Here’s a rarity: an incumbent Democrat running for office in Canyon County. Not exactly, since Leif Skyving holds nonpartisan office. He has spent nearly five years on the Caldwell School Board.
But that experience is valuable — because the Legislature will continue debating education reform, regardless of the outcome of the Students Come First referendums. And based on that background, Skyving gets our endorsement.
Skyving opposes Students Come First, and raises a good procedural objection. He says the various proposals should have been presented individually, instead of being crammed into three far-reaching bills. We suspect his sentiment is shared by many voters who are sifting through the pros and cons of the three laws.
Skyving also makes a good point when he says there is a tension between the state and local school districts. Some of that is a function of funding, and the state’s increasing control over school budgets, but some of it reflects a tug-of-war over policymaking. In Skyving, schools would have a true advocate for local control.
Appointed on March 1 to replace Sen. John McGee, Rice voted with most Republicans on an unfunded cut in corporate and personal income taxes, a watered-down ethics rule change and a misguided bill requiring women to undergo an ultrasound before an abortion. He showed an independent streak in an interview — he strongly supports pursuing sales tax collections on Internet purchases, an idea opposed by some Republicans, and he maintains his opposition to the closed GOP primary. But while some within his party seem to have backed away from the controversial ultrasound bill, Rice says he would consider a better-written bill. Also troubling is his opposition to a federally funded expansion of Medicaid, a complicated proposition that could ultimately reduce state and local health care costs.
In other Canyon County races:
TRAVIS MANNING, DISTRICT 10 HOUSE SEAT A
Manning was drawn into this race because of Students Come First; he is a teacher opposed to the laws. But Manning, a Democrat, isn’t a one-issue candidate, and we were struck by one difference between Manning and Republican Brandon Hixon.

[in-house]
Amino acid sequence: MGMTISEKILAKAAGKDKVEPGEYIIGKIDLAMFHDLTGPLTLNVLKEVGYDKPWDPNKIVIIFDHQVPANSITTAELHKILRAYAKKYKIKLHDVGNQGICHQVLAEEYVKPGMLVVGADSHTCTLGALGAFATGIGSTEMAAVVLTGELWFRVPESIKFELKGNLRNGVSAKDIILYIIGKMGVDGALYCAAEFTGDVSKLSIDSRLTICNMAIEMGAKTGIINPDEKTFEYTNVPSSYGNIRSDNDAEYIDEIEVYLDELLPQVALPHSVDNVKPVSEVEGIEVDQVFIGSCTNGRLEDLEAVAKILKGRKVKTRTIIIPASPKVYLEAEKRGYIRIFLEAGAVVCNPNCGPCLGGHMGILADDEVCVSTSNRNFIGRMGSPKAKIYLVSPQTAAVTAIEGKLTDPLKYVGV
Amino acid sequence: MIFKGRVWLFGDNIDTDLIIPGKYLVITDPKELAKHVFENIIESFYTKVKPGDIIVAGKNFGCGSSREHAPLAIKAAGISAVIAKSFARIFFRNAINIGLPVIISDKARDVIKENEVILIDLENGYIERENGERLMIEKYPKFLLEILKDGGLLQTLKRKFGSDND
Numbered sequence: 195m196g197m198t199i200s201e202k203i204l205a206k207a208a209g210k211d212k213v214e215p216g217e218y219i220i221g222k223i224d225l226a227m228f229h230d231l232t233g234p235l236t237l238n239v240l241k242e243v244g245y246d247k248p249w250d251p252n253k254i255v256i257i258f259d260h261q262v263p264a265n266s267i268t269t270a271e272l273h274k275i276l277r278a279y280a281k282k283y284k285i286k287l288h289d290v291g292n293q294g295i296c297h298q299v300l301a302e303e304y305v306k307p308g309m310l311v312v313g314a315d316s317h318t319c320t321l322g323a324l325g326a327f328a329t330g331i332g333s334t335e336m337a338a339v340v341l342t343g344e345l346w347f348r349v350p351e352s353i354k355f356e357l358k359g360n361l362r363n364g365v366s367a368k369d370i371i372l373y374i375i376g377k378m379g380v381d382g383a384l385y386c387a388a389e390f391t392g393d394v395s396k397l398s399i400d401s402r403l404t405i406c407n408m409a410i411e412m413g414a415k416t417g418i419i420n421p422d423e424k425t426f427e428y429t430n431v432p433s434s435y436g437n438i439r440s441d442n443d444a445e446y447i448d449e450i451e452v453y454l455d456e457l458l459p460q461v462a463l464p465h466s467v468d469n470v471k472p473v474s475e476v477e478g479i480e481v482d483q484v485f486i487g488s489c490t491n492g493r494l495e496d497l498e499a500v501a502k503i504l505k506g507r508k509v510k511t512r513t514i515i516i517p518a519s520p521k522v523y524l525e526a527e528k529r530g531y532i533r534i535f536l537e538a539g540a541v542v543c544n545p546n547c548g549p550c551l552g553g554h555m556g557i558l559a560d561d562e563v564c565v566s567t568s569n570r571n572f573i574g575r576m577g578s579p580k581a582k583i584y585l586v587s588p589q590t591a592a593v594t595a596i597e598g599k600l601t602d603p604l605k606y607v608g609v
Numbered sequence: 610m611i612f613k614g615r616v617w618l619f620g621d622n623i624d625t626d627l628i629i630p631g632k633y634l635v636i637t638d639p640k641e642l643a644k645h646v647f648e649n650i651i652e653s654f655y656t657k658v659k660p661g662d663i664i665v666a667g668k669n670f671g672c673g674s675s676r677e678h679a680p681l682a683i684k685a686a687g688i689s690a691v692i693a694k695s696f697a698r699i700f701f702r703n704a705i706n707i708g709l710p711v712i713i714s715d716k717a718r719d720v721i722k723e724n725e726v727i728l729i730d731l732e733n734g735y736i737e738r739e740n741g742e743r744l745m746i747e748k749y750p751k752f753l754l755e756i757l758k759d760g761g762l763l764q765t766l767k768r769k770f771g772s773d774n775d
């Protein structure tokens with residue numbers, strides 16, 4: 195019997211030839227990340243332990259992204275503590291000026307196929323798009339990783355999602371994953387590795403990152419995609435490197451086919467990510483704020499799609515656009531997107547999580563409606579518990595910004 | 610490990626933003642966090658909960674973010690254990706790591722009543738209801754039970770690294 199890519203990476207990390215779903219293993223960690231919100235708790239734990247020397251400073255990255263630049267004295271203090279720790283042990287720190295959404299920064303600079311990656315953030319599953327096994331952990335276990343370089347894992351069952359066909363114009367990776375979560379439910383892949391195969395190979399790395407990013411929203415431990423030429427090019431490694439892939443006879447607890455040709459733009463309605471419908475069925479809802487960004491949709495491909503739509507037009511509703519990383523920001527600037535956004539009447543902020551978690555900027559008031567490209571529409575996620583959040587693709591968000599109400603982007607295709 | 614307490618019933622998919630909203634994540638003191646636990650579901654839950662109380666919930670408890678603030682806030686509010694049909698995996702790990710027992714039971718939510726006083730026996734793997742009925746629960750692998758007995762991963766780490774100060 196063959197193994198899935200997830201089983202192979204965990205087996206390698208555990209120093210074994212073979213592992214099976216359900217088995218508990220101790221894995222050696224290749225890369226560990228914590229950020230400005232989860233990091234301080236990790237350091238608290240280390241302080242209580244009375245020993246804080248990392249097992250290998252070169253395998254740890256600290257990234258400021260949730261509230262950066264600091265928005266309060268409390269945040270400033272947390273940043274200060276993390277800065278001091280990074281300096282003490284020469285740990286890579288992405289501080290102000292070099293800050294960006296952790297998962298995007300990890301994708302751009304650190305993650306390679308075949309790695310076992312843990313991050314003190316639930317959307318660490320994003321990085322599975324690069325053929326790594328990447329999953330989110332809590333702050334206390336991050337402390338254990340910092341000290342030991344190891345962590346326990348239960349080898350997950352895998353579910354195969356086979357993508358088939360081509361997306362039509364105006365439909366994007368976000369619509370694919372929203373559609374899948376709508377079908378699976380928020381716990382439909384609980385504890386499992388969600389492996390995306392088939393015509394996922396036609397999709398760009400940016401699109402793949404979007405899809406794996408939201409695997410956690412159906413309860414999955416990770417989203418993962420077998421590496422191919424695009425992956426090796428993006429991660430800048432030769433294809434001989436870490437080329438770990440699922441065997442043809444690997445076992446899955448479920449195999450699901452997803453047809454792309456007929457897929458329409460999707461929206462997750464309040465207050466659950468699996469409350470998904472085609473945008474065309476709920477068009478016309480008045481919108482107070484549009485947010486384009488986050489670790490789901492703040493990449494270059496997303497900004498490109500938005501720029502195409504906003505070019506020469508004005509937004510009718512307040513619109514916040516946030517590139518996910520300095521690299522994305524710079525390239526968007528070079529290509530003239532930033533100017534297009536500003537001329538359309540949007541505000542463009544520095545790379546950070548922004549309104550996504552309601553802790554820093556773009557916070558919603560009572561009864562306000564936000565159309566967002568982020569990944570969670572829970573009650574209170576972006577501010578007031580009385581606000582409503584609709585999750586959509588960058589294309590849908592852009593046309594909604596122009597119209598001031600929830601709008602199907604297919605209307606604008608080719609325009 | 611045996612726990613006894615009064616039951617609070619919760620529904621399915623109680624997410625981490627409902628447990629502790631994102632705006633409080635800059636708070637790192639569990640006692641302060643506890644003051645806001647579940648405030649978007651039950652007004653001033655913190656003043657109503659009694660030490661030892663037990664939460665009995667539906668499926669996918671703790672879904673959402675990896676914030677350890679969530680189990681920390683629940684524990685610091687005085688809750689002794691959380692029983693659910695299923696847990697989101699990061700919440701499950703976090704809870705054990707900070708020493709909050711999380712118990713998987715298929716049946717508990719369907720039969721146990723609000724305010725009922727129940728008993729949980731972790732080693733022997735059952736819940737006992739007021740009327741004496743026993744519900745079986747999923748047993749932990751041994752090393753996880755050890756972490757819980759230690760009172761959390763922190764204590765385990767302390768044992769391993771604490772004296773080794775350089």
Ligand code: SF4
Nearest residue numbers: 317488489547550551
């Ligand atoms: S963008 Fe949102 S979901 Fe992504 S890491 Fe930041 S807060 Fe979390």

Where Hixon downplayed ethics issues, saying most of the complaints are coming from Democrats, Manning says the issue resonates with Canyon County constituents who have followed the McGee case and the saga of former prosecutor John Bujak. In this open race, Manning offers a stronger command of the issues, and gets our endorsement.
DARRELL BOLZ, DISTRICT 10 HOUSE SEAT B
The Joint Finance-Appropriations Committee is the most important committee at the Statehouse — a group of 20 lawmakers charged with the daunting task of writing budget bills. Bolz, R-Caldwell, a JFAC vice chairman, is the Treasure Valley’s highest-ranking budget-writer — an experienced and moderate voice on spending matters.
There’s no picking against Bolz’s level-headedness and expertise — especially when his Democratic opponent, Angel Zeimantz, seems like a less-than-serious opponent. Zeimantz did not meet with the editorial board or fill out the Statesman’s voter guide.
PATTI ANNE LODGE, DISTRICT 11 SENATE
In her endorsement interview, Lodge said she hasn’t yet made up her mind on Medicaid expansion — which, at the outset, would be funded entirely by the federal government. If re-elected to a seventh term, Lodge should play a pivotal role in this debate: She sits on a gubernatorial task force studying the issue, and the Huston Republican chairs the Senate’s Health and Welfare Committee.
We endorse Lodge, in large part because she well understands the human implications of Medicaid policies. In 2011, when Gov. Butch Otter and legislative leaders opted to lowball state revenue projections, it fell to Lodge to help find Medicaid cuts that totaled $108 million in state and federal funding. Lodge needs to apply that painful experience to the next round of Medicaid decisions.
“Our View” is the editorial position of the Idaho Statesman. It is an unsigned opinion expressing the consensus of the Statesman’s editorial board.